Religion as A Marketing Technique

Yesterday, I was reading an author’s biography.  Her biography was a list of attributes. You know the kind. Dinosaur wrangler, Rockstar, and Mail-order Accountant Ethel Hergenmeier lives in Florida with her husband, her potted plants, and three small children whose parents refuse to take them back. (This was the blog-based, and probably unofficial biography, by the way.)

Except, in her case, the first attribute was her religion. So, Zen Buddhist, Dinosaur Wrangler and etc… And, in all fairness, she was writing a book about the Four Noble Truths for writers, or artists, or something. (Disclaimer. I never got past the Third Noble Truth, and can’t remember what the Fourth Noble Truth is, so if you have questions about Zen Buddhism, go ask one.)

For all intents and purposes, the book seems to be marketed toward a general writing audience, and not exclusively to the Zen Buddhist crowd. The biography on Amazon is different, and focuses on her previous books, her career, and where she lives.

There’s no separate Zen Buddhist section in the bookstore (or at least, not in mine) and this book would wither and die, if people had to hunt it down in “Eastern Philosophy.”

The general audience thing has me stumped. On the one hand, the fact that the writer is a Zen Buddhist could matter. Of course, if it does, the fact that the reader is not could also matter.

With some religions, I have a very clear idea of what to expect, if the author or the book is described (front and center) with their religion. Christian comes to mind, and generally means no sex, no swearing, and geared toward a (fairly conservative) Christian audience. (No, that is NOT idiomatic.) It’s not just a fact, it’s a niche market.

I don’t have that same clarity with Zen Buddhism. Maybe I would, if I knew more about it, but I’m not picking up on the “How does that sell books?” end of it.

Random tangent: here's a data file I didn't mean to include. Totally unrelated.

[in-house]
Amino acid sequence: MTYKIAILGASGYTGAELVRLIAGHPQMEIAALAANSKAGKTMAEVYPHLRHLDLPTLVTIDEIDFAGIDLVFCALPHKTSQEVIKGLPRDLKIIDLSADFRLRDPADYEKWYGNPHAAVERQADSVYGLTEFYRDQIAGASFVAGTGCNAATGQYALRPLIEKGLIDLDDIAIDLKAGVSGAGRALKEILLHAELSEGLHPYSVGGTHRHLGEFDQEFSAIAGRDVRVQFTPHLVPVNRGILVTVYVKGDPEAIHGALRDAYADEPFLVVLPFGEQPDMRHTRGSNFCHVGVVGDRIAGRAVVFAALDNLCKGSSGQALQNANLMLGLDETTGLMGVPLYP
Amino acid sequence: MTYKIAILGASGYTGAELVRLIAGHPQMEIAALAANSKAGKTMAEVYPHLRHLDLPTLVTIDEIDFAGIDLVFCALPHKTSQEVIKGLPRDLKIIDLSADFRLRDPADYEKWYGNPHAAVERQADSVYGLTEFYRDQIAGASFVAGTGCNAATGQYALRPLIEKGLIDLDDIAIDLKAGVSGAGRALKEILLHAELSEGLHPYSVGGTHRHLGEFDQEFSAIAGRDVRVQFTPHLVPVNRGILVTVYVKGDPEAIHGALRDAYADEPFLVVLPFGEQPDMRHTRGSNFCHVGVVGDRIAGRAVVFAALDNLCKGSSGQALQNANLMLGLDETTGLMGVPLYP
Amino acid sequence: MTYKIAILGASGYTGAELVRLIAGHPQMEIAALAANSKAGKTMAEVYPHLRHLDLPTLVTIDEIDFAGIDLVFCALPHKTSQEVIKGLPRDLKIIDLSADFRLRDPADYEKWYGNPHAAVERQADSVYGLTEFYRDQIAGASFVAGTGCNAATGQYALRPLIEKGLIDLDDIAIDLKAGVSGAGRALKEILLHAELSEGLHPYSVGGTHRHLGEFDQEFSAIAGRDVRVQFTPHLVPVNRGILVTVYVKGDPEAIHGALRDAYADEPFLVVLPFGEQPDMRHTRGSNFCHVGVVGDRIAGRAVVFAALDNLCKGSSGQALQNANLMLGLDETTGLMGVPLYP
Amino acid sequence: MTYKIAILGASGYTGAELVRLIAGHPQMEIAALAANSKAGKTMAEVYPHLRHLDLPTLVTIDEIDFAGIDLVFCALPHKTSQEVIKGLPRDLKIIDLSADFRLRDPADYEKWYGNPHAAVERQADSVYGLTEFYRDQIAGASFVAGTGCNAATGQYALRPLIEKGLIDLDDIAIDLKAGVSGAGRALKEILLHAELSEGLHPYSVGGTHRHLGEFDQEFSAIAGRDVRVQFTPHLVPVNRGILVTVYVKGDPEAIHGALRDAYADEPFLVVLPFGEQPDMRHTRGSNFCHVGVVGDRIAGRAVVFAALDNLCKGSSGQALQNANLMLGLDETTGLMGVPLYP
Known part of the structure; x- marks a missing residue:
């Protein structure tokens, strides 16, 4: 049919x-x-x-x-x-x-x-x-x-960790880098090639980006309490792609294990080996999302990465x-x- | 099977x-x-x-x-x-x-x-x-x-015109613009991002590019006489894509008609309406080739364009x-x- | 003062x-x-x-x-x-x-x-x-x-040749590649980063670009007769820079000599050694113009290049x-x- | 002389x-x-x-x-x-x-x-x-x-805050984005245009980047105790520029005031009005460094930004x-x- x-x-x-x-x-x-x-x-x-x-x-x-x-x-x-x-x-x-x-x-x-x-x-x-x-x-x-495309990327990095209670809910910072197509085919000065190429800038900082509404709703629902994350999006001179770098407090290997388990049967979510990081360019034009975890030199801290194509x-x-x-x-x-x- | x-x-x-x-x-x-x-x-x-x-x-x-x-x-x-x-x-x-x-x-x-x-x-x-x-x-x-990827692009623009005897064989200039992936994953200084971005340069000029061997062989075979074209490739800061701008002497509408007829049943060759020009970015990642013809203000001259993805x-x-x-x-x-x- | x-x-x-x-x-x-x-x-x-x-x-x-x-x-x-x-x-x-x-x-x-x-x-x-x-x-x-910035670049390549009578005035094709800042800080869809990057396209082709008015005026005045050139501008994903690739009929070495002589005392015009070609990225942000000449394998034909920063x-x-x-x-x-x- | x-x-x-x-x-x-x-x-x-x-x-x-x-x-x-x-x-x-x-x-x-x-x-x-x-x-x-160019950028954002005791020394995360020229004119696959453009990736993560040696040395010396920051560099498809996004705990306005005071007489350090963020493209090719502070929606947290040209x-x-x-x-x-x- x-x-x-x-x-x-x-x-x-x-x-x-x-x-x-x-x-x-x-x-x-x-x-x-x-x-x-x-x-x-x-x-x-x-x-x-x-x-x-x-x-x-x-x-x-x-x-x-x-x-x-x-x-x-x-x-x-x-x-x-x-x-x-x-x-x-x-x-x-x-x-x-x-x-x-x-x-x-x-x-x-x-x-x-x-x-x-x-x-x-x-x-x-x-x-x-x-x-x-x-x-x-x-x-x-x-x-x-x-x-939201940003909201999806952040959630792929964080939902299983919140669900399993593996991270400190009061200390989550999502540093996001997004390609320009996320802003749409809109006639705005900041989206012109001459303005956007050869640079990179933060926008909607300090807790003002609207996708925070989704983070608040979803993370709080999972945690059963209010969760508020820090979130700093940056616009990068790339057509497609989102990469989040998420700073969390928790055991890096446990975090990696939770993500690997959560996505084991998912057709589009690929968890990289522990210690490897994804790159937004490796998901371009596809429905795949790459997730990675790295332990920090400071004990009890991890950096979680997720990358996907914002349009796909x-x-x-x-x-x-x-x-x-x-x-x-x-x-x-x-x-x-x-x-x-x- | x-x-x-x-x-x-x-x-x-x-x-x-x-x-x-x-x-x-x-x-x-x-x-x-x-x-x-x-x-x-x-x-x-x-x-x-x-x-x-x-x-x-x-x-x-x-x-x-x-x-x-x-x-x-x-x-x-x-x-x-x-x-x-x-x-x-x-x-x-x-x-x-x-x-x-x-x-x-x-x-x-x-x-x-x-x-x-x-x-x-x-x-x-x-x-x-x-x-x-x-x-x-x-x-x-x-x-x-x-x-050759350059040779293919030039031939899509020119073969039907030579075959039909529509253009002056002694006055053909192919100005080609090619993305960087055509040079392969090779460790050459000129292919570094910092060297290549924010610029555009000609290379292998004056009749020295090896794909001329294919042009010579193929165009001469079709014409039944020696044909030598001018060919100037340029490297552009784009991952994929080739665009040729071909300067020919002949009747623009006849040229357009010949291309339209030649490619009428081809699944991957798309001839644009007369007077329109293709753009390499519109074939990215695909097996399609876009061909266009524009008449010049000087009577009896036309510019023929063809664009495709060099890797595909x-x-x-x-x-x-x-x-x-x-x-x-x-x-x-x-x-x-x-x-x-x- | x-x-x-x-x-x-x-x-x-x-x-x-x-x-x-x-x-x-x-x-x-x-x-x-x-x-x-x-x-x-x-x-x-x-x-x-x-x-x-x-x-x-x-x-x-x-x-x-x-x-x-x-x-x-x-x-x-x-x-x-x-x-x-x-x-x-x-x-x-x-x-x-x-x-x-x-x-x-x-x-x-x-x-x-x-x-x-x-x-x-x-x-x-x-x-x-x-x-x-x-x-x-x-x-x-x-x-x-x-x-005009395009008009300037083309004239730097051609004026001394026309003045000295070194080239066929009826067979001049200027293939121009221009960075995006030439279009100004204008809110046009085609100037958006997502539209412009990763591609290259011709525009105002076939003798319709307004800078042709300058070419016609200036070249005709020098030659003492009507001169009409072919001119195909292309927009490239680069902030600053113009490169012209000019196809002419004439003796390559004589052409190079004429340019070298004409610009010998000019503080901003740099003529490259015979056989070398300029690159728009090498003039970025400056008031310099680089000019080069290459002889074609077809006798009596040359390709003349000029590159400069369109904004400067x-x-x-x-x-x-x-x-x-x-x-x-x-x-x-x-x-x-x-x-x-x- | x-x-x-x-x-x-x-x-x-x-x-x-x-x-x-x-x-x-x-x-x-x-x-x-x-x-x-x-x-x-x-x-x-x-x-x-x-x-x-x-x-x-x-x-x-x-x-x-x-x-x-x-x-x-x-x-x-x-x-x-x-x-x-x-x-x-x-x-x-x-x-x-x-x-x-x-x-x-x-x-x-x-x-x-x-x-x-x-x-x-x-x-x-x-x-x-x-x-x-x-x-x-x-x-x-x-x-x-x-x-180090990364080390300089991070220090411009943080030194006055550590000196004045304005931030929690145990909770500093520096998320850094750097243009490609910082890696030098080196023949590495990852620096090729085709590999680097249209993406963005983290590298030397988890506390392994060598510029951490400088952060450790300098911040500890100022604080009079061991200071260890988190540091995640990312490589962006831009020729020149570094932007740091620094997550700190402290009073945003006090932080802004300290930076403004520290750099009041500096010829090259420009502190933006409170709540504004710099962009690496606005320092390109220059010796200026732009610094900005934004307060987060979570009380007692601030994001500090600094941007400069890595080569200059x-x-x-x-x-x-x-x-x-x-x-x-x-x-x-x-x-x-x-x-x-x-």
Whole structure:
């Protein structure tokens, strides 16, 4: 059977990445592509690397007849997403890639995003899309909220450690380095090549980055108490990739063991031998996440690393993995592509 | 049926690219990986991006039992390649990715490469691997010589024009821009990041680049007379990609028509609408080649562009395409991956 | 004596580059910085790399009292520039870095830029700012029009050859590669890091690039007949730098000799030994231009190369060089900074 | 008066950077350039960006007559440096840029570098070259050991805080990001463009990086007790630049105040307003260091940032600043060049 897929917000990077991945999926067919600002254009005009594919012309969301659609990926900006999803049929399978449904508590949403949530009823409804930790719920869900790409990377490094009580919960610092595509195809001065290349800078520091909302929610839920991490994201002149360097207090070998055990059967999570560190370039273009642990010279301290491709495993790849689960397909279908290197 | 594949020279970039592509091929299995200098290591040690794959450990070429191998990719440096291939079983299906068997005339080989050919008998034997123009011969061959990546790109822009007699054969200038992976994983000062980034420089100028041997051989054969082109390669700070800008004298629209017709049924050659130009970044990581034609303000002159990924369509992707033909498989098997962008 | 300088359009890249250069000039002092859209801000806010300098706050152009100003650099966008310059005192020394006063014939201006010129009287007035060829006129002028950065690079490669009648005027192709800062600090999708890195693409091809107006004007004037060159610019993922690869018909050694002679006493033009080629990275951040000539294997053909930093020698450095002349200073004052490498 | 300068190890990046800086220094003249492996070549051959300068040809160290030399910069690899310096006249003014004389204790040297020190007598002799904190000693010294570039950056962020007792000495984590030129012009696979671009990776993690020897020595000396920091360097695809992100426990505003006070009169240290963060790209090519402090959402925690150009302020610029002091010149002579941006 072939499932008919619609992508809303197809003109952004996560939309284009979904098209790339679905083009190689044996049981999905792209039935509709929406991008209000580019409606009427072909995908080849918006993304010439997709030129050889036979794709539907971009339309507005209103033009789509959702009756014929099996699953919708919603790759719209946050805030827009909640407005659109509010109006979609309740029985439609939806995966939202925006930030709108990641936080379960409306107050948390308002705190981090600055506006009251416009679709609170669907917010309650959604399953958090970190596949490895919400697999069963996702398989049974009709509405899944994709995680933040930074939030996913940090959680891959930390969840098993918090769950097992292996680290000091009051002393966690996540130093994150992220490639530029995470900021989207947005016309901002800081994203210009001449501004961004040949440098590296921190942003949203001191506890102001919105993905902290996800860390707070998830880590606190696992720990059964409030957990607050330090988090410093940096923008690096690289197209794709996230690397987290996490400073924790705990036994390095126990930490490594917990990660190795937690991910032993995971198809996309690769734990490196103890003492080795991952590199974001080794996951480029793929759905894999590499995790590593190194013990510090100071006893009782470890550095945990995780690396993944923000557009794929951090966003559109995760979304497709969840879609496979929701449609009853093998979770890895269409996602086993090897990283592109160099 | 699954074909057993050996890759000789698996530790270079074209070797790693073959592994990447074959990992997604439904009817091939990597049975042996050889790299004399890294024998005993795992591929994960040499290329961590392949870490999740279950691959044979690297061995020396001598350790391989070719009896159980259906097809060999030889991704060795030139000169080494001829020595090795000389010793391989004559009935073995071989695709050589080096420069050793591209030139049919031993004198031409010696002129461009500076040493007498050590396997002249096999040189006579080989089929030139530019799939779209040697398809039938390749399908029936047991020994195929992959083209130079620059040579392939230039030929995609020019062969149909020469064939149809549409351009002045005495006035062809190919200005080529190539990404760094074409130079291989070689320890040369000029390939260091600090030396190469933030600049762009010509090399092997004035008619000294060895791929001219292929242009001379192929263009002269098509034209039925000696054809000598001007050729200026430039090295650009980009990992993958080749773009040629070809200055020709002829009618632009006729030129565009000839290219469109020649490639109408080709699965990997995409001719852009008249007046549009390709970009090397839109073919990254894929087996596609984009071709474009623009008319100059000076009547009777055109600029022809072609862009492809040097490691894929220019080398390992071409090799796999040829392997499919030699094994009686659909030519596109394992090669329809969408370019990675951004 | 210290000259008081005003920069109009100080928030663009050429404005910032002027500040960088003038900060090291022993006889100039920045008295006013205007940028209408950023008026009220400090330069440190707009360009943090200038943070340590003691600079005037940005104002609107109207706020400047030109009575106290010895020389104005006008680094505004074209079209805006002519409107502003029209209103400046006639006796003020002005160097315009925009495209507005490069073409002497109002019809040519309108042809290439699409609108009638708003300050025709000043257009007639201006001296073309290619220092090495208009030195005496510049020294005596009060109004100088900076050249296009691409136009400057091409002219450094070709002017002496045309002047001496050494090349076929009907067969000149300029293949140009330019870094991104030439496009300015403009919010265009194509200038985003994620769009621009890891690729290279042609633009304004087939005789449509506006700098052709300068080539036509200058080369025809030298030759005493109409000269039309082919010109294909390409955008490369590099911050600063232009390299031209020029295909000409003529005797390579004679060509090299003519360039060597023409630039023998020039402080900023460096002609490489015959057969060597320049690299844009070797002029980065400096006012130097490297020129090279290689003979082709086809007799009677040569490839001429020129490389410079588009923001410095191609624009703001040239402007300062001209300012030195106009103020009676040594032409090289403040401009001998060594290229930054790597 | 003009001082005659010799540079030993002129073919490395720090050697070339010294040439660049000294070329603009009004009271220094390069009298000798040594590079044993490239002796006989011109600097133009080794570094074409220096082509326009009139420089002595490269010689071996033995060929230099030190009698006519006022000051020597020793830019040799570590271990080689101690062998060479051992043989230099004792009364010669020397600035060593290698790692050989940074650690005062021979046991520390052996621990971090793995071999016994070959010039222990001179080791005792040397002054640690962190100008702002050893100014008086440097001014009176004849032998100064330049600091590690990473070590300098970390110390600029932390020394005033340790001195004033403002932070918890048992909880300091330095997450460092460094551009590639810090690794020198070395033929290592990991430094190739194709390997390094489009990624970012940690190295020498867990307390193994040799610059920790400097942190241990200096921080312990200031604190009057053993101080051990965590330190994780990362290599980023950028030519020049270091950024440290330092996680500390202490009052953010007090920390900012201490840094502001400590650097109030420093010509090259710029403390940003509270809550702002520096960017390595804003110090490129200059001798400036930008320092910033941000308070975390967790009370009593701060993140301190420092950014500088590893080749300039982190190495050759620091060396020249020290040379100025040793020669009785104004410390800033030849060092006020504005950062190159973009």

There’s a range in all of the biography information. Retired FBI agent or NASA astronaut is more relevant; Owns a dog named Buster is… arguably less relevant. And you work from more to less relevant.

So, how important is knowing an author’s religion to you? And what information do you get from knowing? Are there any circumstances under which you would mention your religion in your bio information?

 

 

4 thoughts on “Religion as A Marketing Technique

  1. Delia says:

    My sister is a Buddhist, but of the Tibetan flavor, and she ghostwrites for a Tibetan teacher. Buddhists will buy books about Buddhism, as will a broader audience of, say, meditators; what it conveys to me is a search for clarity, peace, and wisdom. (Along with connotations of crunchiness, a slightly monotone voice, and languid posture, but maybe that’s just me)

    • Karen says:

      I don’t think of Buddhists as having the same… uhm… insularity as a lot of other groups. I can see them buying Buddhist books, but also comic books or (eventually) my nifty sci-fi thing. My picture of an American Buddhist is very much informed by one of my favorite teachers, but I’m sure they can’t all be insanely energetic, ex-Amish gay guys.

      • Delia says:

        Hee! I like your description. But they can be remarkably insular . . . there are as many flavors of Buddhism as there are of Christianity.

  2. Jean Davis says:

    Unless I’m shopping for a book on a specific religon, the authors relgious affliation would not matter to me whatsoever. While I understand religion is forefront in some people’s lives, I don’t know that it needs to the top of the list in an author bio.

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